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ASEE-SE Annual Conference 2022

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Challenging The Impact of Pandemic On Engineering Laboratory Courses - Solution, Evaluation and Lesson

The COVID-19 pandemic has caused tremendous impacts on K-12 and higher education generally in the past year. And the situation is more severe in the laboratory courses of undergraduate engineering majors. The engineering lab courses have high requirements in student’s hand-on experience and collaboration, as well as the communication with instructors to solve their problems on experiment setups. Also, some experiments rely on expensive equipment and devices in lab. Therefore, the instructors should challenge back the pandemic impact on engineering laboratory courses by redesigning the contents and schedules of these courses coordinately.

In this paper the changes to the lab sessions of “Electronics” course are introduced and applied to accommodate the COVID-19 protocol on campus, while alleviating the pandemic impact on student’s learning quality and performance. The “Electronics” is a key fundamental and required course to the undergraduate students in Electrical Engineer major. The major changes include: a) the modifications of experiment instructions and schedule. Some relevant lab sessions are combined to reduce student’s meeting times in lab as possible; b) the new requirements of prelab-simulation tasks and individual prelab-reports. The students become more familiar to the technical information and experiment procedure before they come to lab; c) alternative solutions to the students who prefer to perform in-home labs. This paper describes the detail of these changes and solutions adopted in the fall semester of 2020 and the spring semester of 2021. Based on the student performance evaluation from these activities, it has been found that: a) most of students prefer to on-campus lab sessions over at-home or online ones; b) due to the applied social-distancing rule, sometimes delay occurs in some student groups but is controllable with instructor’s extra guidance after class; c) compared to peer’s online lab teaching experience, the on-campus lab practice can do much better work in time management, hardware checking and code debugging in a “mask-to-mask” environment in lab. Therefore, on-campus learning environment is inevitable to ensure the knowledge-gain quality and learning experience of students for many engineering laboratory courses. Proper modifications can be made to engineering lab courses to accommodate to the new teaching environment during pandemic, while ensuring the safety of students and the quality of ABET-required laboratory performance.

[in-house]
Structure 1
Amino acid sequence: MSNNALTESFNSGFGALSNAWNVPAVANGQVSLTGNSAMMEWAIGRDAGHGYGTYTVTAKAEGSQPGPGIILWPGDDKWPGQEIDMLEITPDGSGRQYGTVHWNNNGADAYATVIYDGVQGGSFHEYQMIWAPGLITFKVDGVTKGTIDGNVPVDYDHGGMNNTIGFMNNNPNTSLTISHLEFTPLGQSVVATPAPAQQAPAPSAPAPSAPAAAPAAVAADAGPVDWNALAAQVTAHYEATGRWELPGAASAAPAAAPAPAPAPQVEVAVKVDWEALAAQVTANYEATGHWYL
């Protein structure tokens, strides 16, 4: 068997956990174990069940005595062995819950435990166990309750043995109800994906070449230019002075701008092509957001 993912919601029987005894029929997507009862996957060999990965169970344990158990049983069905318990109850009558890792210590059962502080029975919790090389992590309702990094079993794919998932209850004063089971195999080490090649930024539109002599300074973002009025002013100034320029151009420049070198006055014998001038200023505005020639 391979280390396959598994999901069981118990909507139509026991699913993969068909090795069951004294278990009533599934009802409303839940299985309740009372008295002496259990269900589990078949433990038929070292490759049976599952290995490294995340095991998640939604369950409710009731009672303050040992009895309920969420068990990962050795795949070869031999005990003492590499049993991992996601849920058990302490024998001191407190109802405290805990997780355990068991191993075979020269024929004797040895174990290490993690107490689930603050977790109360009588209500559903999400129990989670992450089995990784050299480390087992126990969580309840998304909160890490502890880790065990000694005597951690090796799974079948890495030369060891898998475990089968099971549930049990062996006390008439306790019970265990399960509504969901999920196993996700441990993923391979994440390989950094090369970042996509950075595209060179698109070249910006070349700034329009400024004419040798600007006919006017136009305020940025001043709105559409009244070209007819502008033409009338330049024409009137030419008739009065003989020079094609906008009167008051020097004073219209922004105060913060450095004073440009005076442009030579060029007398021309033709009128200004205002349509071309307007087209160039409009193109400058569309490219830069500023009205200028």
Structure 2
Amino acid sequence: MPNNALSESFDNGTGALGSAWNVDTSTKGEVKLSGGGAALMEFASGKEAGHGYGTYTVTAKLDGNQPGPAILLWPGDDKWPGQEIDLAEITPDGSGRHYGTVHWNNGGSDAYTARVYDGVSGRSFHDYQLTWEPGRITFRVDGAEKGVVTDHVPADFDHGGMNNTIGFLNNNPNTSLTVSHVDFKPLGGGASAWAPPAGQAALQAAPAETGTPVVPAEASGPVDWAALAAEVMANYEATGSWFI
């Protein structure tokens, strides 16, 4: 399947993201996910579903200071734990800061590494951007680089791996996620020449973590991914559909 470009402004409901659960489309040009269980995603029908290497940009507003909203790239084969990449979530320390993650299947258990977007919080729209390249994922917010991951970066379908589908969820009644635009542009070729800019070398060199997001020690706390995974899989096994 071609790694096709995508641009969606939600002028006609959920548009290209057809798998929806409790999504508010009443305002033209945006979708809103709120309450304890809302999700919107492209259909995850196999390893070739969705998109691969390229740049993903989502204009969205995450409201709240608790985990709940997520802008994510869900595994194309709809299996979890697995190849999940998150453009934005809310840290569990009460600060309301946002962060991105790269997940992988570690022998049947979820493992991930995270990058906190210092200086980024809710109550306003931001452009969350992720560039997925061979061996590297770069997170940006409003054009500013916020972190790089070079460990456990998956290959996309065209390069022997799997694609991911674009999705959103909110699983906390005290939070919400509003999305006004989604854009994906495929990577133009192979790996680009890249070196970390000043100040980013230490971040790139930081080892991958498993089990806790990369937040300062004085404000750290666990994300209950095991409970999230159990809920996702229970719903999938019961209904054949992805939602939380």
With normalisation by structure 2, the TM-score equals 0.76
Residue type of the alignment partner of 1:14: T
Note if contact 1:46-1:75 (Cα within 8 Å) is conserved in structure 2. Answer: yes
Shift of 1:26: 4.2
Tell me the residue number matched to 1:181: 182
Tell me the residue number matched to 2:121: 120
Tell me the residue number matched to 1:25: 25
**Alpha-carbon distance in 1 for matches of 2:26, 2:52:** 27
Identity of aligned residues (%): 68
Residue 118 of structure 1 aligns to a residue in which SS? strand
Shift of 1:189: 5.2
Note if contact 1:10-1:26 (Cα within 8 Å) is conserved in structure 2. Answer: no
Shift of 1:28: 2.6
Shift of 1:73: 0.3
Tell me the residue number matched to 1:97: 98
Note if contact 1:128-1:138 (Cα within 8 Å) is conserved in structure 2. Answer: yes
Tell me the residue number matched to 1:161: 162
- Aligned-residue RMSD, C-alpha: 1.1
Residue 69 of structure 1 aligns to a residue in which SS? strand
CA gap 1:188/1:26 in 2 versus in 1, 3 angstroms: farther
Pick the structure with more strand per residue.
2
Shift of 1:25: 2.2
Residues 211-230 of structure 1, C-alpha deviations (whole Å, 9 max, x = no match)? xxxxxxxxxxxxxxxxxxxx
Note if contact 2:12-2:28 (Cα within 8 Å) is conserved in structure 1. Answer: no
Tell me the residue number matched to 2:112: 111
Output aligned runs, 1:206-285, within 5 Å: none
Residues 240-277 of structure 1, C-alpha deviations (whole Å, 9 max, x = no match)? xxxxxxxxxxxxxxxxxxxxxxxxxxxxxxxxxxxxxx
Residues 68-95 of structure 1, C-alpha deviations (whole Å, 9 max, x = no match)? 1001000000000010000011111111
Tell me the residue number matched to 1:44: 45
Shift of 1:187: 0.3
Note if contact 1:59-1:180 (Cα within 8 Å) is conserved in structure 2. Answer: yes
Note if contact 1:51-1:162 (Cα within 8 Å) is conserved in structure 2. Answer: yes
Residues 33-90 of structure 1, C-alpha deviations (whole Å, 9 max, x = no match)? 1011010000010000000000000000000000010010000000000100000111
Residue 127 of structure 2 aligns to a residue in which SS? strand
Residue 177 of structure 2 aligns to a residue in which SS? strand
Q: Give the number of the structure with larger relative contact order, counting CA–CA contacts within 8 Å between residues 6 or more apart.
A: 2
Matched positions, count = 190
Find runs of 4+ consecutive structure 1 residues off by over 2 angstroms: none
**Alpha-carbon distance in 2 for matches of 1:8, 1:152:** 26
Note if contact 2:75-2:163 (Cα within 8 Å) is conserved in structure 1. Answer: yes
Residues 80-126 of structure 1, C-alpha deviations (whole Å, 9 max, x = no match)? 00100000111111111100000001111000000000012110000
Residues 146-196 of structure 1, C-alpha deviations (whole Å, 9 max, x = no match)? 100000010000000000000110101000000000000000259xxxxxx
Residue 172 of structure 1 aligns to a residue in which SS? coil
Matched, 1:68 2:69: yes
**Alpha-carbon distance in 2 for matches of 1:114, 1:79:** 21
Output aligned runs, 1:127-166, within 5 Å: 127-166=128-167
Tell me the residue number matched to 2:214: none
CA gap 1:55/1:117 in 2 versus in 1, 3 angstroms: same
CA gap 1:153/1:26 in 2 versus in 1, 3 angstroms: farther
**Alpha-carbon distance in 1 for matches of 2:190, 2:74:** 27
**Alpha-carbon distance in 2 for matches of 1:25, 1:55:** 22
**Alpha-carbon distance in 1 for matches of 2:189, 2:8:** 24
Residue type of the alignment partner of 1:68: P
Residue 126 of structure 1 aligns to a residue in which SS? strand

Ruiyun Fu
Mercer University
United States


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